Banished Children of Eve
A fine ensemble brings Kelly Younger's adaptation of Peter Quinn's historical novel about 19th-century New York City to the stage with flair.
The production's opening moments sweep audiences back in time cinematically as company members begin shifting the arced walls and stair units that comprise Charlie Corcoran's scenic design circularly around the stage, and characters ranging from a Fulton Street fishmonger to a busker hawking a minstrel show that boasts scenes from Uncle Tom's Cabin enter. Their words spill onto one another and the cacophony brings a crowded metropolis of a bygone era thrillingly to life.
Two of the central characters are members of the company presenting the minstrel show: Irishman Jack Mulcahey (a fiery David Lansbury), who has attained a level of success as a blackface performer despite his heavy drinking, and Eliza (played with passion by Amber Gray), his co-star and lover, who has managed to craft a career for herself by claiming that she is Cuban rather than African-American, much to the chagrin of Euphemia (dynamically played by Patrice Johnson), the woman who raised her. At Jack and Eliza's side is Squirt (a spunky and endearing Christopher Borger), a young African-American teen whom the couple has unofficially adopted after Jack found him living in the street.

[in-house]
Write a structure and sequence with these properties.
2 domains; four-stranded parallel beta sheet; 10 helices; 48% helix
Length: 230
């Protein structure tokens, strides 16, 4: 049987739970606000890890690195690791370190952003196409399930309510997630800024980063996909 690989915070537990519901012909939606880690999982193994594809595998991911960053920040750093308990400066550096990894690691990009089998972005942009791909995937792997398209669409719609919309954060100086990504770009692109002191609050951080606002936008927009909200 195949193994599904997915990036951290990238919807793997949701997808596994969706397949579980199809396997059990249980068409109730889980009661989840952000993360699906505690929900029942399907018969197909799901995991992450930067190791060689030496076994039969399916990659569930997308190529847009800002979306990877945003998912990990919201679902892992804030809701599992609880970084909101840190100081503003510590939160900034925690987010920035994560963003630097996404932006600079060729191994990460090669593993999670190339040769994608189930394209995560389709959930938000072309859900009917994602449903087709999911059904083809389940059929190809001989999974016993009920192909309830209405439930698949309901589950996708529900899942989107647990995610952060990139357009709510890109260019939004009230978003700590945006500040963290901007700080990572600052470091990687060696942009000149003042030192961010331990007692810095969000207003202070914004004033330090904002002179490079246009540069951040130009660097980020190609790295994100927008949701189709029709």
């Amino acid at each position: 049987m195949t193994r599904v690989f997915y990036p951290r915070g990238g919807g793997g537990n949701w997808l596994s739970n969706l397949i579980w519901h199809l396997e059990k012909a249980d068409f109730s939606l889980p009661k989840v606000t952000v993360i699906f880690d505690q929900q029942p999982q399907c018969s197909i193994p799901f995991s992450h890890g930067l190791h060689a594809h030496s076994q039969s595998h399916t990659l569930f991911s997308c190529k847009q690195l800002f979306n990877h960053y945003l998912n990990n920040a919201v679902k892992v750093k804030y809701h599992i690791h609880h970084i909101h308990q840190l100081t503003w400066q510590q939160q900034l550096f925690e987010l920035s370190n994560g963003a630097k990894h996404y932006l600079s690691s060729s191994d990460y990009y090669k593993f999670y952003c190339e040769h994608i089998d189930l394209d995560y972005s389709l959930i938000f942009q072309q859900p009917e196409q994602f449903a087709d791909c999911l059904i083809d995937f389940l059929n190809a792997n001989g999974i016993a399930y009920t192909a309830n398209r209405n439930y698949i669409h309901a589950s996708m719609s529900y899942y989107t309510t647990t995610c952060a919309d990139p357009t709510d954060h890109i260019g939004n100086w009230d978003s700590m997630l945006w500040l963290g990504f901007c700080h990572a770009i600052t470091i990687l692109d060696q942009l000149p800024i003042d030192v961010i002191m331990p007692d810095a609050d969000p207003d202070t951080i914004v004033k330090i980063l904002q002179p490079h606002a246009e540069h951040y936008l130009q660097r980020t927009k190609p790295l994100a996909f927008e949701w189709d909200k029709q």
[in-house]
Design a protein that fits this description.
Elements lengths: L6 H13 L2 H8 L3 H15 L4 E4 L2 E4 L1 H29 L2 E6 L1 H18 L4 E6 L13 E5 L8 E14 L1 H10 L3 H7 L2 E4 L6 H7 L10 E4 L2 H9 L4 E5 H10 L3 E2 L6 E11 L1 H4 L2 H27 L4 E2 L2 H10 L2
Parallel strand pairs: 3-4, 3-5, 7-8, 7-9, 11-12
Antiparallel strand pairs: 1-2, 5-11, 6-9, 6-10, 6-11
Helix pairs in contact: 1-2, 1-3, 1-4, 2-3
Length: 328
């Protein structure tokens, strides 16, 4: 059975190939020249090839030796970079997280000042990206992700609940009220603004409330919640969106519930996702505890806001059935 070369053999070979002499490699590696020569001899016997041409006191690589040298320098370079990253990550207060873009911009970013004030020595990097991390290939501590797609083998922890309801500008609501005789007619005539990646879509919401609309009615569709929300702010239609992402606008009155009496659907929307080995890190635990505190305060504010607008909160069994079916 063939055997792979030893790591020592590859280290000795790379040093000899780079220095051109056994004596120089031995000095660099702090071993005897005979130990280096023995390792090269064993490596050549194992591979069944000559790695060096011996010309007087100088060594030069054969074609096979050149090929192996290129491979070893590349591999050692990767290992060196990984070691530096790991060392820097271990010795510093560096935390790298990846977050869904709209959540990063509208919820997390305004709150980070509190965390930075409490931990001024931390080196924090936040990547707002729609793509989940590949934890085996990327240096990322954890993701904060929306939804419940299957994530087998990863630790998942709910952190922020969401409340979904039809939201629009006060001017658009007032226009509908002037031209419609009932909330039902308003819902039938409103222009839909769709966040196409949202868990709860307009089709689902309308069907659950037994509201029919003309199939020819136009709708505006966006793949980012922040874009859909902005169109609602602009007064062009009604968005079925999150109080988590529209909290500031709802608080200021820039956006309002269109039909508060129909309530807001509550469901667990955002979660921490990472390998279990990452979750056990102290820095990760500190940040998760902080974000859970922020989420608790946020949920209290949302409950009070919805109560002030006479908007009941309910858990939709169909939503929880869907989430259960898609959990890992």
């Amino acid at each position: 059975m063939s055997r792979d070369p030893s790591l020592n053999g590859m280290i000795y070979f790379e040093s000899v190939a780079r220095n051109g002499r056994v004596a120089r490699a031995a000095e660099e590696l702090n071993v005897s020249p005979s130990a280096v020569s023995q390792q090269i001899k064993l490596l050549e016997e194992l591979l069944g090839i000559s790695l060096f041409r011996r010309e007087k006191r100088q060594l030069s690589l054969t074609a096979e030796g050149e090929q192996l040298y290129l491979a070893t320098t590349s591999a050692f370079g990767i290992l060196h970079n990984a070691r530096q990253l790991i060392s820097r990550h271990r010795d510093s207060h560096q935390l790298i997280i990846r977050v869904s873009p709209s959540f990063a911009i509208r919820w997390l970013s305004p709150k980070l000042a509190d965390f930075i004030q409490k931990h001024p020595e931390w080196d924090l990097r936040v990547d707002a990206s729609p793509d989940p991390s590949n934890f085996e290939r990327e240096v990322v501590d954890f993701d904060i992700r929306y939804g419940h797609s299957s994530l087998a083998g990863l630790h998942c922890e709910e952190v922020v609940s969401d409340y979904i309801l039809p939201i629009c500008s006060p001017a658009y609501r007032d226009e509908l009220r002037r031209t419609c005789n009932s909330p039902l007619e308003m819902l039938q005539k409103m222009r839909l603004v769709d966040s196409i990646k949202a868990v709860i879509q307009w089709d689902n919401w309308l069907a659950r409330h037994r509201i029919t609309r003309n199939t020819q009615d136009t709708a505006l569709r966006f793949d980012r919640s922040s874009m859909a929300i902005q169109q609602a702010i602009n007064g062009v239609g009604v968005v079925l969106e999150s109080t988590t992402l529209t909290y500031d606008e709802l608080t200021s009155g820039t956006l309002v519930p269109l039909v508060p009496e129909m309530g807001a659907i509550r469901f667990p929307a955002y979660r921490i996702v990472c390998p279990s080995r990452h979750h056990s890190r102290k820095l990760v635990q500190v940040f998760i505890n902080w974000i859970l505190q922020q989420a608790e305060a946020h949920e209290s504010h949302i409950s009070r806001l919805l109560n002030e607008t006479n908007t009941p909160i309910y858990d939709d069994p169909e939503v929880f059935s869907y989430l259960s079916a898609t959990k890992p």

These characters find their lives unexpectedly colliding with those of American-born Jimmy (an appealing Jonny Orsini); in order to secure the money necessary to avoid the draft, Jimmy has agreed to help the oily Waldo Capshaw (imbued with venomous malevolence by Graeme Malcolm) rob a wealthy man's home. To facilitate the burglary, Jimmy has feigned interest in the man's fresh from Ireland maid Margaret (played with captivating goodness by Amanda Quaid), escorting her to a performance of Jack and Eliza's show. It's just after the performance that rioting breaks out (the unseen melee is palpable thanks to Christian Frederickson and Ryan Rumery's vibrant soundscape), and these characters all find themselves huddled together in a dive hotel, hoping that they will be able to survive the night.
While the stories are intrinsically compelling, Younger hinders theatergoers' ability to be caught up in them with continual reiterations of the sorts of bigotry spreading through the city -- not only white against black, but also amid the underclasses, between the Irish and the blacks -- during the first half of the show.
After intermission though, the show takes flight when Younger becomes less concerned with these social issues, and it's difficult to not worry along with the women about Squirt's well-being on the streets and to not hope that perhaps there's a happy ending in store for Jack and Eliza.
Younger also stumbles in his integration of composer Stephen Foster (Malcolm Gets) into the play. The character appears briefly during the opening scene and then, is one of the characters at the hotel, where he's living out his final days in an alcoholic stupor. Gets is in fine voice as he delivers such Foster hits as "Beautiful Dreamer," but Foster's presence in the show seems to be only an afterthought.